Keycaps and profiles
The big differences at your fingertips.
What are profiles?
For this, I'll assume that you've read through the pages of this wiki section in order, and already know what keycaps are.
In the very simplest sense, keycaps are pieces of molded plastic.
This means that anyone making keycaps can customize their shape at will.
Check this image (photo by jacobolus, source here). You can see the massive differences in how different profiles look from the side.
This impacts the typing feel and aesthetics heavily. To home in on your favorites, it's important to know the basics about them.
Things to know
Let's cover the basics.
Top surface form
The very top surface (the side of the keycap that you touch) can differ massively:
- Cylindrical: curved side-to-side. The most common and popular type.
- Spherical: Curved like a bowl. Popularity follows the cylindrical type.
- Flat: No curvature at all. Not too common.
The rows of a keyset can differ when viewed from the side:
- Sculpted: The rear rows are taller, and the center rows are shorter. Makes it easier to reach for keys as you type.
- Uniform: Each row has the same height. Makes it possible to mix and match keycaps regardless of the key's row.
The legends (letters and symbols) printed on each keycap may not be printed at all.
- Two layers of plastic are built into each keycap: One for the base, and one for the letters.
- Super crisp legends, any color combination possible.
- Legends will not wear off.
- Expensive. Usually 100~300USD per keyset.
- Dye-sublimated (Dyesub):
- Ink is injected deep into the plastic.
- Permanent legends that won't fade or wear off.
- Ink must be darker color than the plastic (usually); reduces the possible color combinations.
- More affordable than doubleshot; usually 50~150USD per keyset.
- A laser engraving is used to make the legends.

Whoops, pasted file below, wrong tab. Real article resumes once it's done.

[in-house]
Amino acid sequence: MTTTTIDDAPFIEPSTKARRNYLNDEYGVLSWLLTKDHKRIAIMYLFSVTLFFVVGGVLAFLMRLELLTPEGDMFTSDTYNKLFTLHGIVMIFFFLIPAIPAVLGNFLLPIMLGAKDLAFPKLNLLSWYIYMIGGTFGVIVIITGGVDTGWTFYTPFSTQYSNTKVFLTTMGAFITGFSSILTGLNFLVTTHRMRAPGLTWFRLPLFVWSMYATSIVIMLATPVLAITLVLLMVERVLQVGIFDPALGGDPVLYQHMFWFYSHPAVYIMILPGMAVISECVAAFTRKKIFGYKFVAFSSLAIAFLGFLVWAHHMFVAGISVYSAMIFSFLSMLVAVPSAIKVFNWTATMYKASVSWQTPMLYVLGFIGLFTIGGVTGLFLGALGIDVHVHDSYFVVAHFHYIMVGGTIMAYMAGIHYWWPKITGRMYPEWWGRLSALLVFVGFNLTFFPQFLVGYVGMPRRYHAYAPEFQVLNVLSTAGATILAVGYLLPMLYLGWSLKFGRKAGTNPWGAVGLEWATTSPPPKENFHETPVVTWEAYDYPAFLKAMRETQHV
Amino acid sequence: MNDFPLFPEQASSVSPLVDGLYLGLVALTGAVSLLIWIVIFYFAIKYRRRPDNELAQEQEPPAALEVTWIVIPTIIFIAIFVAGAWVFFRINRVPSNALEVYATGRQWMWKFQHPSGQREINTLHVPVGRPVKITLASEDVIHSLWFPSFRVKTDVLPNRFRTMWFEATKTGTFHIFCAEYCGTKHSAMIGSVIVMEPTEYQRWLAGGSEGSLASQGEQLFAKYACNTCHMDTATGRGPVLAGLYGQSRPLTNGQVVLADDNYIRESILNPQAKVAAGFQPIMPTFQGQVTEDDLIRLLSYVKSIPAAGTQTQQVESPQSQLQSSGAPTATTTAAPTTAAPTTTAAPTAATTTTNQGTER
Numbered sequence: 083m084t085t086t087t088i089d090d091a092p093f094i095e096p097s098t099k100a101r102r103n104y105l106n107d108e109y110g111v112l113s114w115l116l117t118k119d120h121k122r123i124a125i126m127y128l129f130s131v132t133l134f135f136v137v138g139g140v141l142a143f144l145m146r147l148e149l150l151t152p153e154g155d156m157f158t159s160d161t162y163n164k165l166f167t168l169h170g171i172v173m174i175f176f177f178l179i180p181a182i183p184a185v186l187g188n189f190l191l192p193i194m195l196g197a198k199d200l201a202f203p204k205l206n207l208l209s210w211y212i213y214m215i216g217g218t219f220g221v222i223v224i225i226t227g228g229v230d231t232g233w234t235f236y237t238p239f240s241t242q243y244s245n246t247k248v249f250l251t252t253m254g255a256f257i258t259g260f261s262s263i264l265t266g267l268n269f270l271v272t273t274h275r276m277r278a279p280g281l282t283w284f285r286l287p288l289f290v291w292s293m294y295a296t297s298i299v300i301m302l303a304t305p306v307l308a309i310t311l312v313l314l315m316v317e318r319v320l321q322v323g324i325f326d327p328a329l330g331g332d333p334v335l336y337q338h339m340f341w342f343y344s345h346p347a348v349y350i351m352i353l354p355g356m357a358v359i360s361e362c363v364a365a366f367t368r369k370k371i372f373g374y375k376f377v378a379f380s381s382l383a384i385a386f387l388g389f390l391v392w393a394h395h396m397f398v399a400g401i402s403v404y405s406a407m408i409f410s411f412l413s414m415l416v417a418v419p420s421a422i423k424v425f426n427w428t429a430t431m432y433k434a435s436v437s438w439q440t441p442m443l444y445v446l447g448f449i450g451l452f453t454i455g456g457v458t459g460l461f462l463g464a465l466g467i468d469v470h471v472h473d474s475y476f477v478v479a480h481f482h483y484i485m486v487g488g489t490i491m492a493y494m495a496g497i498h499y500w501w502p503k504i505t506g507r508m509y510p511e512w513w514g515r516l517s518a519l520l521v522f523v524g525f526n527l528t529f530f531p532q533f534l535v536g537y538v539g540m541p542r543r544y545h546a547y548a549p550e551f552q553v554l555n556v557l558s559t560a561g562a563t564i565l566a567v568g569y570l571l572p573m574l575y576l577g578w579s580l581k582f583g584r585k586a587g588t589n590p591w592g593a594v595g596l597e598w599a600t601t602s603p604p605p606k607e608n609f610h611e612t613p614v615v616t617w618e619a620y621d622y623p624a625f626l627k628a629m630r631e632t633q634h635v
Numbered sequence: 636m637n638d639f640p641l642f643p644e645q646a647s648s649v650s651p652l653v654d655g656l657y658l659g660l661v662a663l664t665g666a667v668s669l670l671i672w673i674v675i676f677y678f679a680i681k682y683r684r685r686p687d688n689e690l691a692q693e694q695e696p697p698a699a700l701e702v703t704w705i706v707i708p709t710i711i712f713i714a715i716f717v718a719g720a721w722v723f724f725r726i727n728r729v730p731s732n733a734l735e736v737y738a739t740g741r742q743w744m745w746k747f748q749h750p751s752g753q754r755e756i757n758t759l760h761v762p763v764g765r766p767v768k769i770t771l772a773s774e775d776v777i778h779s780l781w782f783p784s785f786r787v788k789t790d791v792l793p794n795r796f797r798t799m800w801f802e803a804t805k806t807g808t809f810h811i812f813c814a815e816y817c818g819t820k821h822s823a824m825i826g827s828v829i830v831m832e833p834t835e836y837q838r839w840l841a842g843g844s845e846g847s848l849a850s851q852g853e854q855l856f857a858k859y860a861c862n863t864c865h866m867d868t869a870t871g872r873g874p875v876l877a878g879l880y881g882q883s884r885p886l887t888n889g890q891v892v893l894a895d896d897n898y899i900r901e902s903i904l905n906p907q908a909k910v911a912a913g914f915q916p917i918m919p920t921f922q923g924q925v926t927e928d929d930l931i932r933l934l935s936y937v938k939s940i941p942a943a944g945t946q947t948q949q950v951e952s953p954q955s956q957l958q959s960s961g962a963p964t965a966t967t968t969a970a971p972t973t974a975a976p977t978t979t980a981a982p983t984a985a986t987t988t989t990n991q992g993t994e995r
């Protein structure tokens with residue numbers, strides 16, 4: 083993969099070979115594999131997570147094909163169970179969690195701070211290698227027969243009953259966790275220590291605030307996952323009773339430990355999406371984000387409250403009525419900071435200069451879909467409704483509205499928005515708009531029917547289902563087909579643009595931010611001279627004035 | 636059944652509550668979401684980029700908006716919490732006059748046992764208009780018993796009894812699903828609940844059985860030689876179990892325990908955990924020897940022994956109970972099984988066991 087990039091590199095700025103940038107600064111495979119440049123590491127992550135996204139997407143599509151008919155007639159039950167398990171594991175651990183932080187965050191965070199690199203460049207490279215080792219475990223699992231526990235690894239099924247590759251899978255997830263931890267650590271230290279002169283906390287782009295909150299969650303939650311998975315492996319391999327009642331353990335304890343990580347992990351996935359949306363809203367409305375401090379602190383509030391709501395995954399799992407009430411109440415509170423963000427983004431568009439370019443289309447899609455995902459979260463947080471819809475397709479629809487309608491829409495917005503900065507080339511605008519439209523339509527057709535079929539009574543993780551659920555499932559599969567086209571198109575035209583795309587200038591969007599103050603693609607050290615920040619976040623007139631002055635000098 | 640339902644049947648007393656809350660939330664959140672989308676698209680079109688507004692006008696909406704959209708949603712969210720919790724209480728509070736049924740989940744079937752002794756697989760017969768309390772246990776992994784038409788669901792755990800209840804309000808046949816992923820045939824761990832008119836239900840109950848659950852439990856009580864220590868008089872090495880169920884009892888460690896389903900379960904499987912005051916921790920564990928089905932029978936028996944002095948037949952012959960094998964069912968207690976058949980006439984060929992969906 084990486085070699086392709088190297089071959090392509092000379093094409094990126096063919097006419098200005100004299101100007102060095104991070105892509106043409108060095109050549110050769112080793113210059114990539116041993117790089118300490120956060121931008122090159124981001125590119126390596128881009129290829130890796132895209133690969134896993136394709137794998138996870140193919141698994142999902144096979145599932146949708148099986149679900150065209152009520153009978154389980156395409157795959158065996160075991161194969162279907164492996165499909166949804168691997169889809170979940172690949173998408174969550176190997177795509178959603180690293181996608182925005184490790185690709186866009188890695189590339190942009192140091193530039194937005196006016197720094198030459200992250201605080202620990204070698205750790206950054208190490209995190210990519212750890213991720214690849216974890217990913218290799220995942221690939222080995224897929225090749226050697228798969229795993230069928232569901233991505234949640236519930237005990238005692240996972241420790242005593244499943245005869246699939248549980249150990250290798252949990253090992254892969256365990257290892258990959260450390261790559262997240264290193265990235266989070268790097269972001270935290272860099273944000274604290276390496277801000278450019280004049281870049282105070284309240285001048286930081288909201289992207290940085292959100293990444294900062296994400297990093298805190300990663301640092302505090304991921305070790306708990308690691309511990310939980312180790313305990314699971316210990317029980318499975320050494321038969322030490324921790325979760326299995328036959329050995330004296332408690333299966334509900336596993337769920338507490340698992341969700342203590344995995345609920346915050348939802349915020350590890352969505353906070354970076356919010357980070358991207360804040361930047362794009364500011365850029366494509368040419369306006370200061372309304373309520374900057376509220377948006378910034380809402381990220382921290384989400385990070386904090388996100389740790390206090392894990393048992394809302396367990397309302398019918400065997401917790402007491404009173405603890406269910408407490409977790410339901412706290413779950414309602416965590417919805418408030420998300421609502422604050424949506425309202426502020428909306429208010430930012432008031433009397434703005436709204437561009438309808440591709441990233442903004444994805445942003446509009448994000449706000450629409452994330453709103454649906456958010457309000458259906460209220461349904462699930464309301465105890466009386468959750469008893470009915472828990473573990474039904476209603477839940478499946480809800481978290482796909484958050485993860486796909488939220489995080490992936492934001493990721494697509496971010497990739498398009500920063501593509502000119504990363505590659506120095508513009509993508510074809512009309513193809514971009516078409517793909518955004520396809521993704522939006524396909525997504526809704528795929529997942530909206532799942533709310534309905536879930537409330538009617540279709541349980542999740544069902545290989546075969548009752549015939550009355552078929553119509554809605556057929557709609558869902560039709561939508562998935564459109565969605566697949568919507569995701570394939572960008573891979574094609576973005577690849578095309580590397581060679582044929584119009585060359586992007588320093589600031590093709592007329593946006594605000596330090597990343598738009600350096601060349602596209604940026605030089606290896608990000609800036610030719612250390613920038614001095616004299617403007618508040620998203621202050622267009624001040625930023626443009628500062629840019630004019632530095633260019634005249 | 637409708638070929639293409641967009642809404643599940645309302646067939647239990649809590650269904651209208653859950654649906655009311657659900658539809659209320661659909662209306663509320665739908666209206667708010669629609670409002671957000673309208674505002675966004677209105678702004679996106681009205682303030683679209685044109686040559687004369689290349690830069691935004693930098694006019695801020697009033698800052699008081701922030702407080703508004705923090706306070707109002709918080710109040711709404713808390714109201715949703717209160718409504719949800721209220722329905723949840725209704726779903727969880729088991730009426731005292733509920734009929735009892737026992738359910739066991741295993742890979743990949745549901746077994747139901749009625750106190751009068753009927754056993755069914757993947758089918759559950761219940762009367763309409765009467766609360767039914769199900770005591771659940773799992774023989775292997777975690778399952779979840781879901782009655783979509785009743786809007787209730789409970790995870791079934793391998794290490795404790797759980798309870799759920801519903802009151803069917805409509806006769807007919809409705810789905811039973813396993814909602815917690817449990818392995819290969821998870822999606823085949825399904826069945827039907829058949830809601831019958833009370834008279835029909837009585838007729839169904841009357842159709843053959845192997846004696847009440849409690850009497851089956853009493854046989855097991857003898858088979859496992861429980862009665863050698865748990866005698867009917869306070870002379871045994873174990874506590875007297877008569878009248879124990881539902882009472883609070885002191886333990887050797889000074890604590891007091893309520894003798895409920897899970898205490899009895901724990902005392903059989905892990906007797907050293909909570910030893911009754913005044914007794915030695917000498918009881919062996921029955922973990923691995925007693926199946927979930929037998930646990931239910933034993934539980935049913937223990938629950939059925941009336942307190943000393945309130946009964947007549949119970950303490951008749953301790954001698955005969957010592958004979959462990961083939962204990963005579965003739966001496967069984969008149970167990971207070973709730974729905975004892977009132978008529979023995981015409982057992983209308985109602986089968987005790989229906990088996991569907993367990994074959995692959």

- Usually fades after use.
- You can "feel" the legend since it's been burned in. Feels fairly awful.
- The legends are printed on, then covered with a coating to prevent them from fading.
- Even then, it still rubs off.
- Similar to lasered, you can feel the legends as they're a thick layer printed on top.
- No legends whatsoever.
In general, the only "enthusiast grade" styles are doubleshot, dyesub, and blanks, with popularity decreasing in that order.
Not all plastics are equal.
- Sounds deeper and more muted than PBT (described below).
- Becomes shiny after extended use due to wear.
- Used for doubleshots.
- Not used for dyesubs, since it would melt when reaching high temperatures during the process.
- Withstands higher temperatures than ABS; used for dyesubs and blanks mainly.
- Resists becoming shiny from wear.
- Very few facilities can do double-shot PBT; however, due to the brittle nature and high temperatures required, they are very rare.
Other materials are used for keycaps as well; however, these two are the most widely available options.
- Used by most decent key profiles, excluding a certain few
- Sounds deeper; more durable
- Usually used by inexpensive keysets, such as ones that come with mass-produced keyboards
- Tends to sound hollow, higher pitched, "cheap"
The Major Profiles
That was a lot of info.
Fortunately, you mainly have to remember only a select few, since not all combinations exist.
Continued on the list of major profiles.